Peace with God

Key Verse: “Therefore being justified by faith, we have peace with God through our Lord Jesus Christ.”
—Romans 5:1

Selected Scripture:
Romans 5:1-11

IN OUR KEY VERSE, THE word “justified” means to be made upright or blameless in God’s estimation. As a result of his obedience and faith in God’s promises, Abraham was called a friend by God. (James 2:23) He and many other faithful ones of the Old Testament had “peace” in the sense that they were at rest through their trust in God, so that to a considerable degree anxiety was removed from their hearts. However, to have “peace with God” as stated in our text is the special portion of Gospel Age consecrated believers who have been begotten with the Holy Spirit.

Paul then elaborates further upon the grace of justification to life which was offered after the merit of Christ’s ransom sacrifice was presented to the Heavenly Father on our behalf. (Heb. 9:24) “By whom also we have access by faith into this grace wherein we stand, and rejoice in hope of the glory of God. And not only so, but we glory in tribulations also: knowing that tribulation worketh patience; And patience, experience; and experience, hope: And hope maketh not ashamed; because the love of God is shed abroad in our hearts by the Holy Spirit which is given unto us.”—Rom. 5:2-5

Much of the balance of our Selected Scripture addresses how justification is applicable during this Gospel Age. The ransom price provided by Christ attests to God’s great love for us even while we were yet sinners. Once we have been justified to life following spirit begettal, our entire attitude should reflect the rendering of praise towards our merciful Heavenly Father, to whom we have been reconciled as the result of Christ’s atoning sacrifice.—vss. 6-11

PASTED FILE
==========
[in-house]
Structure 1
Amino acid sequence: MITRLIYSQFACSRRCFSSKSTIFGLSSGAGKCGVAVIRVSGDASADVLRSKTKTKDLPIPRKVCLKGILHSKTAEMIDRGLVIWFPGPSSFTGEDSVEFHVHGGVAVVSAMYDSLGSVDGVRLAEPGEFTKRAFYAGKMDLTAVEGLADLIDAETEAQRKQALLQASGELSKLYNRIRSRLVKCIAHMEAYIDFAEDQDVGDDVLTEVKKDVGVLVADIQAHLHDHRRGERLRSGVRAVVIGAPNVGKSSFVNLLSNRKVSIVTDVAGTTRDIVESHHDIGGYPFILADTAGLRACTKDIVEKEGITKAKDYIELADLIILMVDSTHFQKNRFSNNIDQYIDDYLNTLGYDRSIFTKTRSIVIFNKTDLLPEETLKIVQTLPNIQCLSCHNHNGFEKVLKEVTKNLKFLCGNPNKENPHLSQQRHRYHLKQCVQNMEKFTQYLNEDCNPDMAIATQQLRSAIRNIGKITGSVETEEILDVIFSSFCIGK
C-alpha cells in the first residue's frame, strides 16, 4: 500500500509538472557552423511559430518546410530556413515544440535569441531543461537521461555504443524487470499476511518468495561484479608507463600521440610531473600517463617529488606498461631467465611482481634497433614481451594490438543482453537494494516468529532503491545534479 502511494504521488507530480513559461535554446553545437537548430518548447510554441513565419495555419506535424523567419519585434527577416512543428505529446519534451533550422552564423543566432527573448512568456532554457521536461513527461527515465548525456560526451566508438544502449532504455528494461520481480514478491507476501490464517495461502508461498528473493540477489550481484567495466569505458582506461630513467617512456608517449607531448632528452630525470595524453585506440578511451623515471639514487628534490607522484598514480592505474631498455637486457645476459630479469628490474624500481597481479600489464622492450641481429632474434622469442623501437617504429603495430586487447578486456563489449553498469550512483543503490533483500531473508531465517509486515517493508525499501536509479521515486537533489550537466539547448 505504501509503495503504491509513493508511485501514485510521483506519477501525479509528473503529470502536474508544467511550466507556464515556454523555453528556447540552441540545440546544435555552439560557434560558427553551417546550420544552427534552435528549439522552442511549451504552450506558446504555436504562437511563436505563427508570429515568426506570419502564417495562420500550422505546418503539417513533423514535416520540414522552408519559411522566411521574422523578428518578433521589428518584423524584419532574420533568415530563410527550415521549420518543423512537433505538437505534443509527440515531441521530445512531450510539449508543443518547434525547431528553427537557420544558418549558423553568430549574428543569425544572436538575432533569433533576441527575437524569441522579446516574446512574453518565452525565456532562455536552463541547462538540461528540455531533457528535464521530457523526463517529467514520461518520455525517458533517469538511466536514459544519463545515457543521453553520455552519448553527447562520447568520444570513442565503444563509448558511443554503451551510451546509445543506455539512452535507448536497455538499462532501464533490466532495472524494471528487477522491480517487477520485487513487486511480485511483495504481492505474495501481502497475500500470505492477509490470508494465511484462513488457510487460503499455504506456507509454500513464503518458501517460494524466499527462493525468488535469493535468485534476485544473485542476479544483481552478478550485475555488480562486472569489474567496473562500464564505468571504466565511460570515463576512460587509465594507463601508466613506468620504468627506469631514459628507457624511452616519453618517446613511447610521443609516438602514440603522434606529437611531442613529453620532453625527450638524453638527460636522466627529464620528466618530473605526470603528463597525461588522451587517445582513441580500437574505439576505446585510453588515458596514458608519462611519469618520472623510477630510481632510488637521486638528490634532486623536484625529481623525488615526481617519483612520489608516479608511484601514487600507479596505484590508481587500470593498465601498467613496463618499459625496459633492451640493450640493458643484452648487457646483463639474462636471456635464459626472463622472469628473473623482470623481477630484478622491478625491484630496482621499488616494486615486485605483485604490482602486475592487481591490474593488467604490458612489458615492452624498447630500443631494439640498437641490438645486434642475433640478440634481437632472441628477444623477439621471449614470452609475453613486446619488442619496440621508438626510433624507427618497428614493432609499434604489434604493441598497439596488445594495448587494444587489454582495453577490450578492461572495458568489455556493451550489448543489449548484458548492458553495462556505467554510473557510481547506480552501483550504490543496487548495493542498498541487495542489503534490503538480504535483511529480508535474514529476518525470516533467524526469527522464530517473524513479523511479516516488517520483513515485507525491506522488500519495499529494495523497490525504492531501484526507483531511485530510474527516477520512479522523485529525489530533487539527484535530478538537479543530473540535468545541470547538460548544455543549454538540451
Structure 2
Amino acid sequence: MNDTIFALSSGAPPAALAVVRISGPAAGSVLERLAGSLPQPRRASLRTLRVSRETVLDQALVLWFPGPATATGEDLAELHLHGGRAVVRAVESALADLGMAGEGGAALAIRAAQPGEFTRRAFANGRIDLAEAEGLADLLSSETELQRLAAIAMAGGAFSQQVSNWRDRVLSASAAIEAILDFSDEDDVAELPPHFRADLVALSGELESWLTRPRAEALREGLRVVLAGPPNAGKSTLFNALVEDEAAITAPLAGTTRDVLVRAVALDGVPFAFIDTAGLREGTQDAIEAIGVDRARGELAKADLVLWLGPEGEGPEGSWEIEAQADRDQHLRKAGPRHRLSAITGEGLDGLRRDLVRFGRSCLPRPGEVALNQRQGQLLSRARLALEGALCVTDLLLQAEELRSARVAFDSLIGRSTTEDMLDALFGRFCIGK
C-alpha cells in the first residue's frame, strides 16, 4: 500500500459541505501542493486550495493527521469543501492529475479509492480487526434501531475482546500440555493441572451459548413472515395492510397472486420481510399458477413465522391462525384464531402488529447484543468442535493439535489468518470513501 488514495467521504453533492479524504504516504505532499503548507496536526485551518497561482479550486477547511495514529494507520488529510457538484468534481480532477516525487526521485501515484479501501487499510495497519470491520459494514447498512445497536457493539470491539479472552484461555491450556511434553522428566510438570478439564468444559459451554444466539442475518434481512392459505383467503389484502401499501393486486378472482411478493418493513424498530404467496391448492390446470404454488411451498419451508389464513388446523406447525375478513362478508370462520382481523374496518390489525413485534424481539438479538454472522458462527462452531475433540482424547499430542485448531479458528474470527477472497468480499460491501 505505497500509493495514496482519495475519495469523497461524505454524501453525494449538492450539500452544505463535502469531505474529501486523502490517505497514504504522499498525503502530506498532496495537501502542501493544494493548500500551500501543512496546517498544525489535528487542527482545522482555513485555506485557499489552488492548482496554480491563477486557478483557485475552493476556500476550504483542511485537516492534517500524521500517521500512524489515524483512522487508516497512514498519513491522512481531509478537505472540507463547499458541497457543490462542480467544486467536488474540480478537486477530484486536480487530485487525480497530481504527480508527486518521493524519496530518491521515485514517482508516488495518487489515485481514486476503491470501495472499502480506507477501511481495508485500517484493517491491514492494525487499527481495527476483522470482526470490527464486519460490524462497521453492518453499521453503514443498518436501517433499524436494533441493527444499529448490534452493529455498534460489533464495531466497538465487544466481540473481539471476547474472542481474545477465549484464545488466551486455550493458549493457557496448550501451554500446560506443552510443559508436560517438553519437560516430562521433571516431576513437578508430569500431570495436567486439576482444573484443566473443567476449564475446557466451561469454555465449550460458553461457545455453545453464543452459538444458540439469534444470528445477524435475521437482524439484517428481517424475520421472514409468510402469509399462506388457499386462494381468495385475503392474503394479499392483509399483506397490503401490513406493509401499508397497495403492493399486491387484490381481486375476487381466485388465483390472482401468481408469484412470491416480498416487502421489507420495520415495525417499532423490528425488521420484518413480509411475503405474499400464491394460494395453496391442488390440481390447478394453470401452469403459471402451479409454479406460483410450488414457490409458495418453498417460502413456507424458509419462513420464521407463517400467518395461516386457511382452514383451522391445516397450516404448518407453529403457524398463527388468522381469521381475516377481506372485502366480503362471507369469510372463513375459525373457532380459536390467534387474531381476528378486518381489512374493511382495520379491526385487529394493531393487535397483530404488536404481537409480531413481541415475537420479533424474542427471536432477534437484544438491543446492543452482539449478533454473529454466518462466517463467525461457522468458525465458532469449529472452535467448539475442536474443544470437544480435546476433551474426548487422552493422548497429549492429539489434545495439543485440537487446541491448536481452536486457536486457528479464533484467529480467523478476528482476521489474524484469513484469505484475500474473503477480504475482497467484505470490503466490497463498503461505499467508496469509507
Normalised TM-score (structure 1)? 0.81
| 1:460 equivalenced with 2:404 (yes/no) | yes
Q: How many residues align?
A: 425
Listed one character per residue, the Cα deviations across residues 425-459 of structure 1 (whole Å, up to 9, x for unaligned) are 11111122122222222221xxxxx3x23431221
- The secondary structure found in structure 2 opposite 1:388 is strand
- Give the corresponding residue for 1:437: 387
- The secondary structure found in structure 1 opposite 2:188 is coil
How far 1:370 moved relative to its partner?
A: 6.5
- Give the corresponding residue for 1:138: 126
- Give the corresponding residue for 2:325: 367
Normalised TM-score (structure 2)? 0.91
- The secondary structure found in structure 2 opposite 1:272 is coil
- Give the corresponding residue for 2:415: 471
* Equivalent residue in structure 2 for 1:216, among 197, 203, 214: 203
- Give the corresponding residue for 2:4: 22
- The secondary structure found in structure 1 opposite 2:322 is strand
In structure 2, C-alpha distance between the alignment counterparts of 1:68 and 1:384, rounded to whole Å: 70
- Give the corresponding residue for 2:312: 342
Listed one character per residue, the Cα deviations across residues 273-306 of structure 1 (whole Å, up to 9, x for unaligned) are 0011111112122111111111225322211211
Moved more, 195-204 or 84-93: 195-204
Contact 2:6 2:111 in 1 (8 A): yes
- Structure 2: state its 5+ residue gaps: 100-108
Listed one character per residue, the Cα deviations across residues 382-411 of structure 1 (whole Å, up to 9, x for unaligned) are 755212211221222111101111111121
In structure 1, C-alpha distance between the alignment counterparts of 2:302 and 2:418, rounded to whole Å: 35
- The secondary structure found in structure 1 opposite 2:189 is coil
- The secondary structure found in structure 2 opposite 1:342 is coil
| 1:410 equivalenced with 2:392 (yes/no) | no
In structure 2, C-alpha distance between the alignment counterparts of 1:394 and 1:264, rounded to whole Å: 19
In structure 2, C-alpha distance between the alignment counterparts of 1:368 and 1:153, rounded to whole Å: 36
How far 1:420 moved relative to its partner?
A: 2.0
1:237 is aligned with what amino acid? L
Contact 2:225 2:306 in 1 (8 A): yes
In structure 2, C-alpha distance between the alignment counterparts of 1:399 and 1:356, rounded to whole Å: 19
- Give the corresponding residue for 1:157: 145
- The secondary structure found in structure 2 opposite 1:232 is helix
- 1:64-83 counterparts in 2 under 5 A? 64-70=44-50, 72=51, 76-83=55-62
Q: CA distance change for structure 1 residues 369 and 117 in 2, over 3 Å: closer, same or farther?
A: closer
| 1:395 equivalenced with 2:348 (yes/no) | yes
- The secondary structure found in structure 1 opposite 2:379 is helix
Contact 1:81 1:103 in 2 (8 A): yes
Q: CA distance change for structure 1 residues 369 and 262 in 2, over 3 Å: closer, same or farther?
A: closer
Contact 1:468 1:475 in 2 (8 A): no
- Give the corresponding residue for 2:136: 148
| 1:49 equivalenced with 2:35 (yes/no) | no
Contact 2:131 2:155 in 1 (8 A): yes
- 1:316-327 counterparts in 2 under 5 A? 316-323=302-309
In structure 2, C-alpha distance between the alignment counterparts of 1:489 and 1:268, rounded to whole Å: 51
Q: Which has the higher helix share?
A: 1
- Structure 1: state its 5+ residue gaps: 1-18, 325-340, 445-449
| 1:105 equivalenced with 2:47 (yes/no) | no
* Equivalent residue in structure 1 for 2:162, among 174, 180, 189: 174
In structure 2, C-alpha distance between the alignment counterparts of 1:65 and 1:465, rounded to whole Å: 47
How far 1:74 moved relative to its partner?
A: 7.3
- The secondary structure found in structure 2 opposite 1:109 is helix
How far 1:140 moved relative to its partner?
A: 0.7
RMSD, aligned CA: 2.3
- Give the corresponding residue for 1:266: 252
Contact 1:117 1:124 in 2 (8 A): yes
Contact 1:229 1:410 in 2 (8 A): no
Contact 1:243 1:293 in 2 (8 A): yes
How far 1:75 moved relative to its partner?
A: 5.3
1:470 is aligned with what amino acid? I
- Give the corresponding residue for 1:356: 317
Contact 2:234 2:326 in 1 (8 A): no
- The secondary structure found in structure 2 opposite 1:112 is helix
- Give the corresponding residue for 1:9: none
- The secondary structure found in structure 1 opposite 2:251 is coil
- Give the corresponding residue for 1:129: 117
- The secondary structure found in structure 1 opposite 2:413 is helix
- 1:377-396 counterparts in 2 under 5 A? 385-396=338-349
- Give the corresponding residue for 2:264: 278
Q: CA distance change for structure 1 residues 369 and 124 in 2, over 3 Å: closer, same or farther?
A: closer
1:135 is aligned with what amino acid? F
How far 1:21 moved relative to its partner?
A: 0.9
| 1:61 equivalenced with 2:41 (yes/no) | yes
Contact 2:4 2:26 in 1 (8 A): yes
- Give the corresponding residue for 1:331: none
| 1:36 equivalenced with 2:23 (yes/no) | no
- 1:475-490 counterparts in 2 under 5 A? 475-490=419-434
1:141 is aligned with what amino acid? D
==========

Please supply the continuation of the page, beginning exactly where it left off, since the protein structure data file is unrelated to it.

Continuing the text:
Additionally, we should assess whether the condition of our hearts and minds reflects that which is described in the title of this week’s lesson. If we lack peace, we should examine ourselves to determine why we are not living up to our privileges. Are we focused upon developing spiritual fruitage as opposed to engaging in the works of the flesh? (Gal. 5:19-24) Are we careful not to forsake the assembling of ourselves with other brethren so that we may obtain mutual strength and edification?—Heb. 10:25

Are our thoughts increasingly centered upon things which are true, pure, lovely, of good report and praiseworthy? (Phil. 4:8) Have we learned to be content in whatever state we are because we have fully acquiesced to the will of God? (Phil. 4:11,12) If we have physical, financial, family or other problems pressing upon us, do we believe that we will never be tested beyond what we can bear, but that by God’s grace he will direct the issue for our highest spiritual welfare?—I Cor. 10:13

God’s precious promises should provide peace for all who trust him. Here is one example. “Who shall separate us from the love of Christ? shall tribulation, or distress, or persecution, or famine, or nakedness, or peril, or sword? … For I am persuaded, that neither death, nor life, nor angels, nor principalities, nor powers, nor things present, nor things to come, Nor height, nor depth, nor any other creature, shall be able to separate us from the love of God, which is in Christ Jesus our Lord.”—Rom. 8:35,38,39